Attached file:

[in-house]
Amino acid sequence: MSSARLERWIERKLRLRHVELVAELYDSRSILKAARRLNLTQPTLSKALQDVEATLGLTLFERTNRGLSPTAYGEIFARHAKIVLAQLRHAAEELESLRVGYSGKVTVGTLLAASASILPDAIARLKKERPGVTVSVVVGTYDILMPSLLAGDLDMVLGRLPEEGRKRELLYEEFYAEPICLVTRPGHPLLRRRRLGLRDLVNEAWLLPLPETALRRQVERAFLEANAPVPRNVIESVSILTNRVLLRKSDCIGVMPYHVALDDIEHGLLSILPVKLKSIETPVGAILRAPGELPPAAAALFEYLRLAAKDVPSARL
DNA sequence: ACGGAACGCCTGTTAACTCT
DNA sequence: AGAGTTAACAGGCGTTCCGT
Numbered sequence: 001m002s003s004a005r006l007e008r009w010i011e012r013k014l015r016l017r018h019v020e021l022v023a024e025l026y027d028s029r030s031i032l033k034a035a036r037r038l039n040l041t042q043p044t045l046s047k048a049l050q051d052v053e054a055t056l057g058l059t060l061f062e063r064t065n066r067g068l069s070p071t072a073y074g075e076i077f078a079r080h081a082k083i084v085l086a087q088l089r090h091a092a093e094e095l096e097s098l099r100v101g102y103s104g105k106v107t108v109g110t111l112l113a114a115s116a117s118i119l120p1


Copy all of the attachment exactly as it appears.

[in-house]
Amino acid sequence: MSSARLERWIERKLRLRHVELVAELYDSRSILKAARRLNLTQPTLSKALQDVEATLGLTLFERTNRGLSPTAYGEIFARHAKIVLAQLRHAAEELESLRVGYSGKVTVGTLLAASASILPDAIARLKKERPGVTVSVVVGTYDILMPSLLAGDLDMVLGRLPEEGRKRELLYEEFYAEPICLVTRPGHPLLRRRRLGLRDLVNEAWLLPLPETALRRQVERAFLEANAPVPRNVIESVSILTNRVLLRKSDCIGVMPYHVALDDIEHGLLSILPVKLKSIETPVGAILRAPGELPPAAAALFEYLRLAAKDVPSARL
DNA sequence: ACGGAACGCCTGTTAACTCT
DNA sequence: AGAGTTAACAGGCGTTCCGT
Numbered sequence: 001m002s003s004a005r006l007e008r009w010i011e012r013k014l015r016l017r018h019v020e021l022v023a024e025l026y027d028s029r030s031i032l033k034a035a036r037r038l039n040l041t042q043p044t045l046s047k048a049l050q051d052v053e054a055t056l057g058l059t060l061f062e063r064t065n066r067g068l069s070p071t072a073y074g075e076i077f078a079r080h081a082k083i084v085l086a087q088l089r090h091a092a093e094e095l096e097s098l099r100v101g102y103s104g105k106v107t108v109g110t111l112l113a114a115s116a117s118i119l120p1